Crude oil futures prices jumped 4 percent on Friday after a thwarted attack on a massive oil facility in Saudi Arabia rattled a market already jittery about supply disruptions in Nigeria and Iran's nuclear ambitions.
Saudi Arabia is the world's largest oil producer, with output of about 9.5 million barrels per day, or 11 percent of global consumption. The target of the attack, the Abqaiq oil complex in eastern Saudi Arabia, processes about two-thirds of the country's oil before it is exported.
Suicide bombers in explosives-packed cars attacked the heavily guarded facility but were foiled when guards opened fire, detonating the vehicles and killing the attackers, Interior Ministry spokesman Lieutenant-General Mansour al-Turki told reporters. The vehicles exploded outside the first of three fences around the sprawling complex, al-Turki said.
Saudi oil minister Ali Naimi said the attack caused "a small fire" that was brought under control and that operations were not affected.
While terror attacks are not new to Saudi Arabia -- there were two highly publicized attacks against oil company offices and employee-compounds in the spring of 2004 -- analysts said Friday's action was noteworthy because of how close the perpetrators came to a facility integral to the flow of oil.
"It's new in the sense that this is the boldest attempt to strike at the heart of a Saudi oil-production complex," Eurasia Group oil analyst Antoine Halff said. "So far they had been confined to office buildings and housing units."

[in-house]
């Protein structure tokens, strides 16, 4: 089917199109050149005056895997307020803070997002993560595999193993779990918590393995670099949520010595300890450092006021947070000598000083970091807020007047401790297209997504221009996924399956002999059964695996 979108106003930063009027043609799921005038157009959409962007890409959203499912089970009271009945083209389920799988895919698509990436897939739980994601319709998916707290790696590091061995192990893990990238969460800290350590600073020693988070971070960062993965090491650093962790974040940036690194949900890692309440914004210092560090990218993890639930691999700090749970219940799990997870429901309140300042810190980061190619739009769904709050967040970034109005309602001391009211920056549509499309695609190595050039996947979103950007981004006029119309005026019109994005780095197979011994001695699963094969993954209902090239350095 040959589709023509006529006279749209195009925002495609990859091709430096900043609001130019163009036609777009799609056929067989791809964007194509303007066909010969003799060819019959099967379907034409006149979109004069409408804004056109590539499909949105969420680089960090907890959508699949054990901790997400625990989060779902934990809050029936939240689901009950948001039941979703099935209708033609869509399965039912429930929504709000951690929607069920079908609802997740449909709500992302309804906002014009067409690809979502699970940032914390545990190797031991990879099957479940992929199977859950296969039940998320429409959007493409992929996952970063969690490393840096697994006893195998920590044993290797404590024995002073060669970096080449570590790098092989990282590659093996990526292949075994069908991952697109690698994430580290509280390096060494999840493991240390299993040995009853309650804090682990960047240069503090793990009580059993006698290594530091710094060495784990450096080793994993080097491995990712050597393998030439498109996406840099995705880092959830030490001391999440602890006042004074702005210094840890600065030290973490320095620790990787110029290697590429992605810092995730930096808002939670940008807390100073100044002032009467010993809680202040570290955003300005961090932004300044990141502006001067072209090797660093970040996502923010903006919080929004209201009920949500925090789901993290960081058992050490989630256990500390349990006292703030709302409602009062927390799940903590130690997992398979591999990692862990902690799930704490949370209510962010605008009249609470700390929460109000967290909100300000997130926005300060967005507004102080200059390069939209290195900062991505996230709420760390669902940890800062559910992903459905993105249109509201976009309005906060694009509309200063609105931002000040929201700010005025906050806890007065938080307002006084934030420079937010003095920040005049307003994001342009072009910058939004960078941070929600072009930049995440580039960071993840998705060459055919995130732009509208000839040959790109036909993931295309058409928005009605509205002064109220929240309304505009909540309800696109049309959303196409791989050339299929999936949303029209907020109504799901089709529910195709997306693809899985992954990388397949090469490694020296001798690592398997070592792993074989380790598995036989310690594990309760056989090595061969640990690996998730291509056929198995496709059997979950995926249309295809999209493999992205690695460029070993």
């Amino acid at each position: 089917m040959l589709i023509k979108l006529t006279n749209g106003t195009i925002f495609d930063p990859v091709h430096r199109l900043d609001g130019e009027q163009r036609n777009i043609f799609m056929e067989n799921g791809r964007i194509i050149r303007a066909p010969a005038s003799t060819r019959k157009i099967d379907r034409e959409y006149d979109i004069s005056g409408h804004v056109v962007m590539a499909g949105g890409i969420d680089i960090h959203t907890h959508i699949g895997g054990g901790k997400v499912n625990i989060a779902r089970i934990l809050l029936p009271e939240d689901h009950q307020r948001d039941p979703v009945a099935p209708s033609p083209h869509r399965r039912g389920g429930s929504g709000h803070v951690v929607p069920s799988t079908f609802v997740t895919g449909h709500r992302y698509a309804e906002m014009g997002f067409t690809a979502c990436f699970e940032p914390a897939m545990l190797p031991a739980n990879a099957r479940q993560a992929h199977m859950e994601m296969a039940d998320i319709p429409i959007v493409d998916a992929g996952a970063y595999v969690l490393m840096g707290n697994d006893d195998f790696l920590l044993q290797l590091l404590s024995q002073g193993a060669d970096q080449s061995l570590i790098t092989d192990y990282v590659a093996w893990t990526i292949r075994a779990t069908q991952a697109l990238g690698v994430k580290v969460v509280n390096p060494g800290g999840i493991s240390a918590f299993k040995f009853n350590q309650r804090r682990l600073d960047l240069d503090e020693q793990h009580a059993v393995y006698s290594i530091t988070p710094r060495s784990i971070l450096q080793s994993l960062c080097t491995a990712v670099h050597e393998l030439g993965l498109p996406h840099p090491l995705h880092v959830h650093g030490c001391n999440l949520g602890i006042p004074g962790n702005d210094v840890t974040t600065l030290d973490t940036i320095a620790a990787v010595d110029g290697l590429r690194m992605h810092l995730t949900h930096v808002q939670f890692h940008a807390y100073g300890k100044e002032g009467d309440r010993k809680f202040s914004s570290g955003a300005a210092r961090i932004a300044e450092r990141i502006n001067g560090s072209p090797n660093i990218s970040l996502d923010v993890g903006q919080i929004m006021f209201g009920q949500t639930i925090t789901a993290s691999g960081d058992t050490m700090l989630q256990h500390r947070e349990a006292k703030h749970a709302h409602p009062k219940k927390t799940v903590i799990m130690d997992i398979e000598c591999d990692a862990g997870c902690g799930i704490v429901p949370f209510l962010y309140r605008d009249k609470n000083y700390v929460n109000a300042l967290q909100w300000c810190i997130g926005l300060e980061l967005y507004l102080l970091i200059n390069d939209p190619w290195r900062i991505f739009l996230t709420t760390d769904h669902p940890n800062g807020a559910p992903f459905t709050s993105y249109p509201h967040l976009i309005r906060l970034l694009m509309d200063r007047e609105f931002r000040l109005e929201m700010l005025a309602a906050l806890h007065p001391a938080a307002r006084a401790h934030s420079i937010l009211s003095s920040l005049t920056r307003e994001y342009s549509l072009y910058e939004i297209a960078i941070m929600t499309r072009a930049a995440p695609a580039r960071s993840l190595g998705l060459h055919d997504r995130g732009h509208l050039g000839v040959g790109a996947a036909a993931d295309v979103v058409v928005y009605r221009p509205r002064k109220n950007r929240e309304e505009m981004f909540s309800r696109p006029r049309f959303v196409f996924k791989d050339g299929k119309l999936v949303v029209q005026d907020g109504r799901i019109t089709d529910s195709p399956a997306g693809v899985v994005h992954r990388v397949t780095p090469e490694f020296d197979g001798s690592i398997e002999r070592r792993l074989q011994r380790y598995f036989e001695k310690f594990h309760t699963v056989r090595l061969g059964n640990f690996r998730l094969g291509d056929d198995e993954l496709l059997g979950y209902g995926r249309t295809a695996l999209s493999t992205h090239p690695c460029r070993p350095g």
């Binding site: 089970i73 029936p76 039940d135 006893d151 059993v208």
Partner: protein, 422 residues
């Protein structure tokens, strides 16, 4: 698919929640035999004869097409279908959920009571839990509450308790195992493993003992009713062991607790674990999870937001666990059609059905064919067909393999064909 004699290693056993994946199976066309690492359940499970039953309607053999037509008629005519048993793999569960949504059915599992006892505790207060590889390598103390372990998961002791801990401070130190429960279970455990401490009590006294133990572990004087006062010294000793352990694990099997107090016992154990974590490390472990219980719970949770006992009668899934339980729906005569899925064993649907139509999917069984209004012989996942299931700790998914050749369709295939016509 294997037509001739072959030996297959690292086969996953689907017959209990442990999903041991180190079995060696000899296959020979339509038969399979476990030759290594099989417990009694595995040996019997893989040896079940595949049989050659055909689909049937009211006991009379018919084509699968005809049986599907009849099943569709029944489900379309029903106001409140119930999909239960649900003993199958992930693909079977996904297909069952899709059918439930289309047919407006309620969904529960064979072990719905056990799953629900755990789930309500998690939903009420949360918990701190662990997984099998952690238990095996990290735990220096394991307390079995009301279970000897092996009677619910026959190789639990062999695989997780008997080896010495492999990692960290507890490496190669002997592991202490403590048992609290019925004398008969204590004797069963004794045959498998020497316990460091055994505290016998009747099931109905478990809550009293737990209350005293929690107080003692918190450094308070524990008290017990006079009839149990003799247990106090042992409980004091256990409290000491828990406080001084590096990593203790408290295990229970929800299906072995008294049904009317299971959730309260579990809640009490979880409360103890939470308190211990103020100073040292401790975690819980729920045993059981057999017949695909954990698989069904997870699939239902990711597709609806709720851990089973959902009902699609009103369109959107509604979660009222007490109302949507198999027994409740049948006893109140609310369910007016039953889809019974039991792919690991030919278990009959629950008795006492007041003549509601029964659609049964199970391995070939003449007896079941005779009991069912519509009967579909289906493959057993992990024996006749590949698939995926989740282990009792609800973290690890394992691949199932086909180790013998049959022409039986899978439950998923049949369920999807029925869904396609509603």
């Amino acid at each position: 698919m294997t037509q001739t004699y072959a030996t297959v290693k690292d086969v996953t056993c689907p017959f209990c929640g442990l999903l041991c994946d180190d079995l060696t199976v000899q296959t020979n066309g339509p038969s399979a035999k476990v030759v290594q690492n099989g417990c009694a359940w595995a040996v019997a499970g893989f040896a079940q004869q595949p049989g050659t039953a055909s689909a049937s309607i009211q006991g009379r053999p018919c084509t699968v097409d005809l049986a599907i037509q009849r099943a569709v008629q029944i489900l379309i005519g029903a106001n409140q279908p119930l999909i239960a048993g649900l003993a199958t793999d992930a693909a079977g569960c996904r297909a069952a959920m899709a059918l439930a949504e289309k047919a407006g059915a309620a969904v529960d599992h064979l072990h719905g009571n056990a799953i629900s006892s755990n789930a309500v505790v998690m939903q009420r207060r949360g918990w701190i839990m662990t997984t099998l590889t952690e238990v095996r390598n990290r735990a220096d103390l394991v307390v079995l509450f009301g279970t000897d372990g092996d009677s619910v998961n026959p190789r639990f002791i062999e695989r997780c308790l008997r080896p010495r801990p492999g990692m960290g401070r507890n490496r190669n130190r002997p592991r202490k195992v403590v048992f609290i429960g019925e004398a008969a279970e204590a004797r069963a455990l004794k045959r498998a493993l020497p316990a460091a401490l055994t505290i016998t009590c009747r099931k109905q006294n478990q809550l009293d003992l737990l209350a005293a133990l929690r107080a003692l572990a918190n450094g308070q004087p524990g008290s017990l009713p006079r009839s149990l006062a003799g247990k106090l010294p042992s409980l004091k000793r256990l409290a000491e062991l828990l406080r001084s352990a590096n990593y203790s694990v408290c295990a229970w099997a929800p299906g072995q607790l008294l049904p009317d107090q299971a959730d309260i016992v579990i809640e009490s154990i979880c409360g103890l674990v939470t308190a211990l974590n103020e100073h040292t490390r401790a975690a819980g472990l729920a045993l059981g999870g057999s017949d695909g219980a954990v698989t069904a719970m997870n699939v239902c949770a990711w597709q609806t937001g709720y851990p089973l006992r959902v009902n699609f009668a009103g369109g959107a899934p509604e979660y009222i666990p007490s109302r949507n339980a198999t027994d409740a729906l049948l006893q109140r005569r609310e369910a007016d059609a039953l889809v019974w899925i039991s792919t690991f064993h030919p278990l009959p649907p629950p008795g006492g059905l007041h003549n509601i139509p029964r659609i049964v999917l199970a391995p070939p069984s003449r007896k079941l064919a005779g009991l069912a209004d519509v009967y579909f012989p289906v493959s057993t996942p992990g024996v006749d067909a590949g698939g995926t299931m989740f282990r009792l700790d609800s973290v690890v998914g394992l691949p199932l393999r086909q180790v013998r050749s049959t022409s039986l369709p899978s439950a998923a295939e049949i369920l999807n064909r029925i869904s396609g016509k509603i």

"At the same time, what this attack demonstrates is not just how much the Saudi oil machine is a target for attacks, but also how prepared the Saudi oil company and military are, and how effective they are at thwarting attempts to disrupt oil production and exports," Halff added. "There are two sides to this."
Light sweet crude for April delivery surged as high as US$63.25 a barrel before settling at US$62.91, an increase of US$2.37 on the New York Mercantile Exchange. Brent crude futures for April delivery jumped US$2.06 to US$62.60 on London's ICE Futures exchange.
A Saudi journalist who arrived at the scene soon after an explosion said guards exchanged fire for two hours with two militants outside the facility. He also told reporters that he saw workers repairing a pipeline. He spoke on condition of anonymity because of the sensitivity of the situation.
UBS energy economist Jan Stuart said the reaction on oil markets was "measured" given the prominence of the Abqaiq facility and the ability of the attackers to get so close to it.
Aside from its total output, Saudi Arabia is a vital supplier to the global market because it is the only country with significant spare production capacity. If necessary, Saudi Arabia says it could quickly boost production by 1.5 million barrels a day.
By contrast, there is no other country that can add meaningful output to offset an unexpected disruption.
The emergency supply of last resort would be the 4 billion barrels of stocks that the International Energy Agency lays claim to.
Nymex gasoline advanced by US$0.0372 to finish at US$1.5506 a gallon (US$0.4096 per liter), while heating oil gained US$0.0641 to close at US$1.7267 a gallon. Natural gas futures were even at US$7.45 per 1,000 cubic feet (US$0.2631 per cubic meter).
Oil prices had already started the day higher as persistent concerns over Nigerian supply disruptions and Iran's nuclear program overshadowed US government data showing gains in domestic crude supplies.